Doug Zurn designed this handsome sloop for himself, though he said that actually building and owning it is more wishful thinking than reality. Nevertheless, the 65-foot cruising yacht shows Zurn’s priorities-spirited performance and easy handling coupled with a supremely comfortable and practical general arrangement plan for a couple and their children.
A quick look at the profile tells us that Zurn hasn’t broken any new ground in styling, but he has produced a nicely proportioned modern silhouette. I like the relatively low profile of the trunk cabins and how he’s created a visual whole from a divided structure. If we connect the line of the coach roofs across the cockpit, we produce an elegant and subtle line. Taking the pains to make these two elements work together has let the trunk cabins blend with the rest of the design, adding to the yacht’s overall attractiveness.
Any cruising yacht, even at this size, gives up something in exterior styling to accommodate the interior volume-headroom and the stuff we love to carry with us-so we welcome the long rectangular portlights just below the cove stripe. In addition to their shedding quite a lot of natural light on the interior, preventing it from feeling like a spelunker’s delight, their length and placement reduce the visual bulk in the topsides.
Below the waterline, this yacht is every bit as pretty as she is above. To give this boat a long static waterline, along with graceful overhangs, Zurn drew a moderately raked straight stem, which penetrates the water at station zero and ends in a fairly sharp knuckle. This shape is a pleasing compromise between the stunning grace of a spoon bow and the edgy all-business plumb stem of the VO 70s and other modern offshore racing yachts. Although the bow doesn’t have a great deal of flare, the sections (vertically slicing the hull in equal sections, starting at 0 and ending at 10), from station one aft through stations two, three, and four, have enough reserve buoyancy to ease pitching and keep her head above water in rough seas. The stern sections are full and nearly flat to support the weight of the master stateroom back aft, and to encourage surfing on the face of the waves. All of these characteristics promise a quick and seakindly yacht.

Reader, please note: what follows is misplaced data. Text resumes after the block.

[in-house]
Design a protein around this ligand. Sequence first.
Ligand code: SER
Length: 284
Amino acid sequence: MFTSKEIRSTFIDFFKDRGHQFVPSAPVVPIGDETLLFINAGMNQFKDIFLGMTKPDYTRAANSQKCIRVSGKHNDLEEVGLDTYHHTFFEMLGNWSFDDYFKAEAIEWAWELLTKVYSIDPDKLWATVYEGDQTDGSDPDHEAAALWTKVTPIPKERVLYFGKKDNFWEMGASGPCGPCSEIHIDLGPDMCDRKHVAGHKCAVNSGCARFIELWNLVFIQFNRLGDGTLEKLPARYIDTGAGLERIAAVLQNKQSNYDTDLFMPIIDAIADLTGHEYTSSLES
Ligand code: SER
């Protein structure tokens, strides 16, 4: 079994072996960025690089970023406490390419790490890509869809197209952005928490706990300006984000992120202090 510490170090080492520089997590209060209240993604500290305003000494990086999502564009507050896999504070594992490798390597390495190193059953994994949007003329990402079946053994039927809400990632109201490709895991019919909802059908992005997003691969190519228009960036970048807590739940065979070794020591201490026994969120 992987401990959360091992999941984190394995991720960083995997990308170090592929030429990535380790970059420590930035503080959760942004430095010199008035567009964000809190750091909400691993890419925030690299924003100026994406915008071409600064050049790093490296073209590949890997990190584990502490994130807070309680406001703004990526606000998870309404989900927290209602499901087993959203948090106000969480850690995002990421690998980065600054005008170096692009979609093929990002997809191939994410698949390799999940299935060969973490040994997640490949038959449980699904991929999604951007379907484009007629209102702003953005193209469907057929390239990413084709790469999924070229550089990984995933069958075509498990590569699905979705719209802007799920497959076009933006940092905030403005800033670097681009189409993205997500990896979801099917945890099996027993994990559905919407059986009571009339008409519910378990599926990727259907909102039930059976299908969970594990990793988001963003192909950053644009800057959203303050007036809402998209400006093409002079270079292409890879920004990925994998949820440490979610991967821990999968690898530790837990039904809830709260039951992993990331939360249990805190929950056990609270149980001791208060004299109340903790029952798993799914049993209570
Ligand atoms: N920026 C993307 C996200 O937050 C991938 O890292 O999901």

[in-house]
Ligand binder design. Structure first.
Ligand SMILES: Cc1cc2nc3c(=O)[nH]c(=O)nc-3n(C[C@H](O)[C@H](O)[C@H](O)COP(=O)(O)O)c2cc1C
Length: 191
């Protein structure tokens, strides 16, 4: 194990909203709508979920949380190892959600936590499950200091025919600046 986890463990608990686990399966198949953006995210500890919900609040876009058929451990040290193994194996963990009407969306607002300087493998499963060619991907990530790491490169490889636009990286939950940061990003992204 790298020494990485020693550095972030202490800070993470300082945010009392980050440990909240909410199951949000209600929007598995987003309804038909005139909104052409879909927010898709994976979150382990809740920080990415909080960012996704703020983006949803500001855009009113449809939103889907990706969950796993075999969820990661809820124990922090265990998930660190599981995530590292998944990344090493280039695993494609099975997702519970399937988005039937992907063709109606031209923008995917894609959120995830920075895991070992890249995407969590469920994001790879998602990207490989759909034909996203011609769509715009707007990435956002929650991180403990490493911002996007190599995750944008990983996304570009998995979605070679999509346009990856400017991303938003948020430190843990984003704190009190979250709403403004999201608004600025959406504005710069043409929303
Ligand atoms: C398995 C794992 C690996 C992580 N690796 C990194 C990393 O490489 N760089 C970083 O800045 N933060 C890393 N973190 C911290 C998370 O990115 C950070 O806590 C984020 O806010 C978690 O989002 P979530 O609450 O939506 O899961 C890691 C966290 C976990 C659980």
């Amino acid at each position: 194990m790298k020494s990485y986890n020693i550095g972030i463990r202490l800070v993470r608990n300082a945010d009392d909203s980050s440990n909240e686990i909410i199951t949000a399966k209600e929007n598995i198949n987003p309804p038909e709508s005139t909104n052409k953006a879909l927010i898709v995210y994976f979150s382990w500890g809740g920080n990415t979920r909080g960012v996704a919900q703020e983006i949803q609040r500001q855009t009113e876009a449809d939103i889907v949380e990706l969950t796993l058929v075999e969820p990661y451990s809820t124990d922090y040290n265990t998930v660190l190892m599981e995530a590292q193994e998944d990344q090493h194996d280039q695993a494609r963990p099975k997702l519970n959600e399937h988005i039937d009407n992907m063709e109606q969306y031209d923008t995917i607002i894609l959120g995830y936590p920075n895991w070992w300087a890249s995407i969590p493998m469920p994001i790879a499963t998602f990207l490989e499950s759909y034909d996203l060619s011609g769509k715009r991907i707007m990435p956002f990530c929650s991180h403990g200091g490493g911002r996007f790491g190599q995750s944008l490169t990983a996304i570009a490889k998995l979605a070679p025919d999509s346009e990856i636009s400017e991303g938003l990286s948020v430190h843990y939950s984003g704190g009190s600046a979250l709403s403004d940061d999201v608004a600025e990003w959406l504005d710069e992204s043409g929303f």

The ballast bulb at the tip of both keel options lowers the center of gravity and reduces the vortices that cause drag. The balanced elliptical rudder ought to steer the boat with precision, translating input at the wheel into immediate response from the boat.
Zurn drew a versatile high-aspect rig for this yacht. The non-overlapping masthead jib of the working sail plan will tack and jibe easily. The genoa, set on the forward of the two head stays, increases power for beating and reaching in lighter air, and the asymmetrical spinnaker, flown from the retractable bowsprit, turbocharges the yacht off the wind.
Belowdecks, we find a seamanlike arrangement plan that also ought to be great place to live while the boat’s in port. A bulkhead divides the space forward, making it ideal for children or paid crew. A pilot berth occupies the space above the settee on the starboard side; the entertainment center takes up a similar space on the port side. We find a second pilot berth in the passageway to the master stateroom on the port side. The navigation station/dinette is near the companionway opposite the galley. A joystick at the nav-station lets the skipper steer from below.
As much as possible, Zurn has located the machinery and tankage around the center of buoyancy. This reduces the pitching motion. Let’s hope that Zurn gets to build one of these for himself and his family, but meanwhile, maybe a lucky client may beat him to it. I hope they let me sea trial the yacht before they slip over the horizon.
Contact: Zurn Yacht Design, (781) 639-0678; www.zurnyachts.com